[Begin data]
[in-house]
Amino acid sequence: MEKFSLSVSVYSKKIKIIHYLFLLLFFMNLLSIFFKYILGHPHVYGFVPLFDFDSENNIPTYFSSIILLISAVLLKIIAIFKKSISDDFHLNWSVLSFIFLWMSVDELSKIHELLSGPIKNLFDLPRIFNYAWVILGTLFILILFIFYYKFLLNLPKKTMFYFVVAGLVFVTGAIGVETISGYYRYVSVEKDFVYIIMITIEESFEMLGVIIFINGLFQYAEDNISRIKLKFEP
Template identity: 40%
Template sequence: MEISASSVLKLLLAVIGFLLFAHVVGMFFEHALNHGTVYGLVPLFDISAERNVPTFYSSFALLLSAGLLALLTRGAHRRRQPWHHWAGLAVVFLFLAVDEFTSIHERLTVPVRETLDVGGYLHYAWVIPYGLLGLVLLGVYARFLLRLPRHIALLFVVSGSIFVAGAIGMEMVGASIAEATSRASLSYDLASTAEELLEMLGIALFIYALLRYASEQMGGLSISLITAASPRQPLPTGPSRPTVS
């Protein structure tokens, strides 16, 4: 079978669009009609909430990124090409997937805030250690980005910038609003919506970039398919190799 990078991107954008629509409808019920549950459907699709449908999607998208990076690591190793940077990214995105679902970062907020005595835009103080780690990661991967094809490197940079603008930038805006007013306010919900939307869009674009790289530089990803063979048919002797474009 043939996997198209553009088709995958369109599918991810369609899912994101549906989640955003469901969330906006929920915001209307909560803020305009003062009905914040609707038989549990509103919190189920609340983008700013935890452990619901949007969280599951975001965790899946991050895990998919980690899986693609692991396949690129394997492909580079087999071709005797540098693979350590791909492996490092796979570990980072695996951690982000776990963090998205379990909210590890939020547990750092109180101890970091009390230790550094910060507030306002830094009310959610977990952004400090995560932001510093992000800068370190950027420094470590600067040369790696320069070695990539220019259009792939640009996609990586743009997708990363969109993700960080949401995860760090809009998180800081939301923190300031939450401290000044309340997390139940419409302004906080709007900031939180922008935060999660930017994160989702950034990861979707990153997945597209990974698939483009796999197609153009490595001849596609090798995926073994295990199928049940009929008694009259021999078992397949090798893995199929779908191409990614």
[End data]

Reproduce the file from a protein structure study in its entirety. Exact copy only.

[in-house]
Amino acid sequence: MEKFSLSVSVYSKKIKIIHYLFLLLFFMNLLSIFFKYILGHPHVYGFVPLFDFDSENNIPTYFSSIILLISAVLLKIIAIFKKSISDDFHLNWSVLSFIFLWMSVDELSKIHELLSGPIKNLFDLPRIFNYAWVILGTLFILILFIFYYKFLLNLPKKTMFYFVVAGLVFVTGAIGVETISGYYRYVSVEKDFVYIIMITIEESFEMLGVIIFINGLFQYAEDNISRIKLKFEP
Template identity: 40%
Template sequence: MEISASSVLKLLLAVIGFLLFAHVVGMFFEHALNHGTVYGLVPLFDISAERNVPTFYSSFALLLSAGLLALLTRGAHRRRQPWHHWAGLAVVFLFLAVDEFTSIHERLTVPVRETLDVGGYLHYAWVIPYGLLGLVLLGVYARFLLRLPRHIALLFVVSGSIFVAGAIGMEMVGASIAEATSRASLSYDLASTAEELLEMLGIALFIYALLRYASEQMGGLSISLITAASPRQPLPTGPSRPTVS
């Protein structure tokens, strides 16, 4: 079978669009009609909430990124090409997937805030250690980005910038609003919506970039398919190799 990078991107954008629509409808019920549950459907699709449908999607998208990076690591190793940077990214995105679902970062907020005595835009103080780690990661991967094809490197940079603008930038805006007013306010919900939307869009674009790289530089990803063979048919002797474009 043939996997198209553009088709995958369109599918991810369609899912994101549906989640955003469901969330906006929920915001209307909560803020305009003062009905914040609707038989549990509103919190189920609340983008700013935890452990619901949007969280599951975001965790899946991050895990998919980690899986693609692991396949690129394997492909580079087999071709005797540098693979350590791909492996490092796979570990980072695996951690982000776990963090998205379990909210590890939020547990750092109180101890970091009390230790550094910060507030306002830094009310959610977990952004400090995560932001510093992000800068370190950027420094470590600067040369790696320069070695990539220019259009792939640009996609990586743009997708990363969109993700960080949401995860760090809009998180800081939301923190300031939450401290000044309340997390139940419409302004906080709007900031939180922008935060999660930017994160989702950034990861979707990153997945597209990974698939483009796999197609153009490595001849596609090798995926073994295990199928049940009929008694009259021999078992397949090798893995199929779908191409990614």